U bill to get another try

After seven months of uncertainty, the University’s capital bonding request might have another shot at being approved before the new year.

The Legislature adjourned in May without passing the bill that contains $155.5 million in bonding requests for many University building projects.

But Friday, Gov. Tim Pawlenty asked legislators if they would be willing to convene for one day to pass certain bonding items.

Only the governor can call a special session. House Speaker Rep. Steve Sviggum, R-Kenyon, said only items that chambers and the governor agree on will be discussed in a special session.

“If we wait and get caught up with other issues, there might not be a consensus anymore,” Sviggum said.

If the bonding bill is not passed in a special session, it can be addressed during the regular 2005 session.

During the 2004 session, legislators and Pawlenty agreed on funding for many of the University’s projects. However, differences between the House, Senate and governor’s bills will have to be worked out to pass one bill.

The Senate’s bonding proposal would have given the University more funding than either the House or Pawlenty’s proposals in the 2004 session.

Sen. Sandy Pappas, DFL-St. Paul, said that although the University’s top four projects would be considered in a special session, she is worried about losing the other projects.

Pappas, who is chairwoman of the Senate Higher Education Budget Division, said she would only agree to a special session if nonconsensus items would be heard during the 2005 session, which begins in January.

“It seems very odd that the governor is calling it now,

especially when it’s a lame-duck session,” she said. “I don’t

understand the rationale.”

Also, Pappas said the Senate would like the 13 new Democrats elected to the House in the 2004 election to be a part of the process.

But Sviggum said it would be better to pass the projects now to take advantage of low interest rates and get them started sooner.

If everyone agrees to the same items, there will not be a repeat of what happened during the summer, Sviggum said.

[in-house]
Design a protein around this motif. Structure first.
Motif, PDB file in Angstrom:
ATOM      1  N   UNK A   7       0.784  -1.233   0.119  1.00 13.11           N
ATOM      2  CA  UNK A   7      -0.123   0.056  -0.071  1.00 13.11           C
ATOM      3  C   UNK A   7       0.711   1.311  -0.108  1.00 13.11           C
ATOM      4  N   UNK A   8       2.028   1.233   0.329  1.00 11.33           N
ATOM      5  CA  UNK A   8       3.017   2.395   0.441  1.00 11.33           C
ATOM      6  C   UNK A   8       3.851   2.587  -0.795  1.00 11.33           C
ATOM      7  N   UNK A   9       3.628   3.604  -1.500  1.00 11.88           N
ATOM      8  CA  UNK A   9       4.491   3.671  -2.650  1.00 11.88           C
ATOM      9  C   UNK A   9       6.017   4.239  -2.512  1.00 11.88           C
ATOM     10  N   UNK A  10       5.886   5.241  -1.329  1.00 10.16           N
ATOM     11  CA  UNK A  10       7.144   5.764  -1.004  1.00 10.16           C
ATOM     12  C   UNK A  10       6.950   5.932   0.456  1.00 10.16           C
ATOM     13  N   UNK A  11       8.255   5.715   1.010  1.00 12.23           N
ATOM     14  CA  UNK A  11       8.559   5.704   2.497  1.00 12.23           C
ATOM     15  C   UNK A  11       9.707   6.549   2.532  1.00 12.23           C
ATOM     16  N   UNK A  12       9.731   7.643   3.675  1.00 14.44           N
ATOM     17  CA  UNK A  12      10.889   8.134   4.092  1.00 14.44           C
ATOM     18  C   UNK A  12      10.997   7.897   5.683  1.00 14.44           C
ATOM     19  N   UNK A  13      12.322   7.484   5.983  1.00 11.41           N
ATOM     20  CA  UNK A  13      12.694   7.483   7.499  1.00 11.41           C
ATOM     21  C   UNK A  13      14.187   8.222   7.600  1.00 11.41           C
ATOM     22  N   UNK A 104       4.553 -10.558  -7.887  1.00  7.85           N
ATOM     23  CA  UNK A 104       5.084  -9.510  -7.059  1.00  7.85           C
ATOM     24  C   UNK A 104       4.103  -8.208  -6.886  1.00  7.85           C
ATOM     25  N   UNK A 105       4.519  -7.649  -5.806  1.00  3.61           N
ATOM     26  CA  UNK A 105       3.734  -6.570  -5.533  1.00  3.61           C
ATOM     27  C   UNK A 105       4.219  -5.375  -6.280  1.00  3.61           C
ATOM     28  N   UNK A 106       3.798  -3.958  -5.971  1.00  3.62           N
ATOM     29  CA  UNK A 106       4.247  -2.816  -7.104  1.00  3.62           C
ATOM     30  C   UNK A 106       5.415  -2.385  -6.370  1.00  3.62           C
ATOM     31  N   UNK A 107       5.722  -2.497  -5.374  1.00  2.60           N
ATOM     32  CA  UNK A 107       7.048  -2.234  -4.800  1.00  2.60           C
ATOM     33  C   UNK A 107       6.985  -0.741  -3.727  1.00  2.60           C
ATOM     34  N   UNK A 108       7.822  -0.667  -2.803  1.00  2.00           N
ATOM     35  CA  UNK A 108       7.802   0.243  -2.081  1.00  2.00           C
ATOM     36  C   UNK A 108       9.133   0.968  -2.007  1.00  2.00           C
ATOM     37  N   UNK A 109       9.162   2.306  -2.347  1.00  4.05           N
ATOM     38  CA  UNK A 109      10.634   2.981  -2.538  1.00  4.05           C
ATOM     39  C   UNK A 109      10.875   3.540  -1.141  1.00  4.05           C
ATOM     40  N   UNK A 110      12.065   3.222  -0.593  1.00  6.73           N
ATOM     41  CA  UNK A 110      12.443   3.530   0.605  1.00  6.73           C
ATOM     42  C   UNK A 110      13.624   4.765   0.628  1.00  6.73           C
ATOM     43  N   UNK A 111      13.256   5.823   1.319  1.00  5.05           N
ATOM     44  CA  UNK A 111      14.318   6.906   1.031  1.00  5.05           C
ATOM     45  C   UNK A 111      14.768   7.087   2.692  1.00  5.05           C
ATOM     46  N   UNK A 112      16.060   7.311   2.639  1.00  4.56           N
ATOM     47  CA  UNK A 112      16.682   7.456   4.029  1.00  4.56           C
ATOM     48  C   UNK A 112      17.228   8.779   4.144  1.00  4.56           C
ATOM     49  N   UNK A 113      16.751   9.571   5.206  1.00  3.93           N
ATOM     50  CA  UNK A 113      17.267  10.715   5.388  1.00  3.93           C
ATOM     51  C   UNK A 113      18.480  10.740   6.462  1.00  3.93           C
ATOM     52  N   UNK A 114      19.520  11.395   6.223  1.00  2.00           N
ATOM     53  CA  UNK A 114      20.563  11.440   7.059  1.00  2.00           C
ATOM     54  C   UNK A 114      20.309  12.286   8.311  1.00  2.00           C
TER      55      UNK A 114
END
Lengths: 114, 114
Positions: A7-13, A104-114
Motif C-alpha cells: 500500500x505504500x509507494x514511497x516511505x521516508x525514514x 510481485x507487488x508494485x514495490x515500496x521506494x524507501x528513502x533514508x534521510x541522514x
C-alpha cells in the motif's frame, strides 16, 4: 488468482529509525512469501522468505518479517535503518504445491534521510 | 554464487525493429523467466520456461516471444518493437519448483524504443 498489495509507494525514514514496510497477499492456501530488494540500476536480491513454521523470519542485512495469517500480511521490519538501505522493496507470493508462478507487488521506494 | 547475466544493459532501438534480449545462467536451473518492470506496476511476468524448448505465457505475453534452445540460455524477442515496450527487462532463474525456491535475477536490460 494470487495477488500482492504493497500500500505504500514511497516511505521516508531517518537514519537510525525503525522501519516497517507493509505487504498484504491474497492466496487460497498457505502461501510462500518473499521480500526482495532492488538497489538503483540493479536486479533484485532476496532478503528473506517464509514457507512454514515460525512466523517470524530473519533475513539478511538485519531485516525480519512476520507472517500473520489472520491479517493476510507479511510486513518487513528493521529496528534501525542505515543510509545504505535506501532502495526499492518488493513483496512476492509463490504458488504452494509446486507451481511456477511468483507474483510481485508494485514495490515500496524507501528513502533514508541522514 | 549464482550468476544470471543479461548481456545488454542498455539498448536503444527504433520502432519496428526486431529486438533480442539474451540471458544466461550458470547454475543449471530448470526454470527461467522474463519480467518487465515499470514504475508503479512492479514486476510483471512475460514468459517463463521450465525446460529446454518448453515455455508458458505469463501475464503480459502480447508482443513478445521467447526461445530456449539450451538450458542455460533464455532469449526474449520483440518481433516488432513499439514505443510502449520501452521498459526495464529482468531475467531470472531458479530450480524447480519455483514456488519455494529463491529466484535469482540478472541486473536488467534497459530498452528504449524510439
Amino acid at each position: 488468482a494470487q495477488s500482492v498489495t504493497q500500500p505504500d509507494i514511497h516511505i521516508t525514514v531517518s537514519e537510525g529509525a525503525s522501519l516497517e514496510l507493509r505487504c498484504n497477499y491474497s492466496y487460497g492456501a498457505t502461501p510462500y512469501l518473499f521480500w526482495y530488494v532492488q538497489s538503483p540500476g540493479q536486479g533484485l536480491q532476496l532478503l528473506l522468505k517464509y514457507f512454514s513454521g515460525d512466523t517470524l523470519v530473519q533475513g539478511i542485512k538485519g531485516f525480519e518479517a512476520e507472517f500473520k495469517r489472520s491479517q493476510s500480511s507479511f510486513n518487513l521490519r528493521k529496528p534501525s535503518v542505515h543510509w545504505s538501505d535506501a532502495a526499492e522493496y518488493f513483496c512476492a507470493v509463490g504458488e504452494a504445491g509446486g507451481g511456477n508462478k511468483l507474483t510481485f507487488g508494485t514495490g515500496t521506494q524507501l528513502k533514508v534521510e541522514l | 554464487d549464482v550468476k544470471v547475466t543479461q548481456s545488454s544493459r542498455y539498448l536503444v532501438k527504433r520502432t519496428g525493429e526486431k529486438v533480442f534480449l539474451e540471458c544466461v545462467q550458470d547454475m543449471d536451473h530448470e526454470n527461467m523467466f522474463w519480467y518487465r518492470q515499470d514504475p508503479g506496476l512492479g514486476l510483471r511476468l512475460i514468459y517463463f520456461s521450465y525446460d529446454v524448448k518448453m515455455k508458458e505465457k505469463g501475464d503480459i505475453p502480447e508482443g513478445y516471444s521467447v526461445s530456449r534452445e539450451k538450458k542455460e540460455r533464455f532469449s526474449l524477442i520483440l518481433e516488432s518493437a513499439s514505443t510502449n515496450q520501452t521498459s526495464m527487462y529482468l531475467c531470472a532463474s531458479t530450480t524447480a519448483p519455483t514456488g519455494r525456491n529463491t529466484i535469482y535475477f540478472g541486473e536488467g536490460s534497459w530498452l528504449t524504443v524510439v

He said the Senate Democrats refused a special session to prevent voting on a marriage amendment that would have been on the November ballot, had it passed. But now that the election is over, Sviggum said, the parties could put their partisanship aside.

“There’s nothing that divides us and nothing to prevent Senate from doing things we have in common,” he said.

Cost and inflation

The University’s goal is to pass as many of the projects as possible, said Marty McDonough, University legislative relations coordinator.

He said it would be nice to get back on track with bonding bills and pass them in a timely fashion instead of carrying them over into the next session.

The University would like to get the projects started soon, McDonough said, because inflation is driving up construction costs.

During a committee meeting on Monday at the Capitol, Lee Mehrkens, capital budget coordinator for the Minnesota Department of Finance, said construction inflation has increased more than anticipated.

Although the University takes inflation into account when making its bonding request, McDonough said the extra time between the request and the passage means building costs are higher.

Last year, the Department of Finance estimated construction inflation would increase 3 percent, but now it is approximately 11 percent. This is the largest jump in construction inflation since the 1970s, Mehrkens said.

He said that construction inflation had gone up because of increased labor wages and cost of materials.

Brian McClung, Pawlenty’s press secretary, said the governor is aware of inflation and construction costs and wants to make sure certain projects get funding.

Pawlenty is willing to work with the different funding levels between his proposal, the House and the Senate proposals, McClung said.

Joining together

The city of St. Paul, the Northstar commuter rail line and Minnesota State Colleges and Universities said they have talked about joining the University of Minnesota to encourage passage of the bonding bill.

Linda Kohl, MnSCU associate vice chancellor for public affairs, said it’s important for Minnesota’s public higher education to unite and make a strong case at the Legislature.

Tom Triplett, senior policy adviser to St. Paul Mayor Randy Kelly, said some of the University of Minnesota’s projects will benefit St. Paul – and vice versa.

Bioscience is a partnership project between the University of Minnesota and St. Paul, he said. Kelly and Bob Elde, dean of the College of Biological Sciences, formed the project

The Legislature should help the University of Minnesota because of the cuts the institution received in the past, Triplett said.

“Higher education has been under attack in the past few years,” he said. “One thing the Legislature can do, if it can’t reduce tuition, is at least make sure the buildings are better on campus.”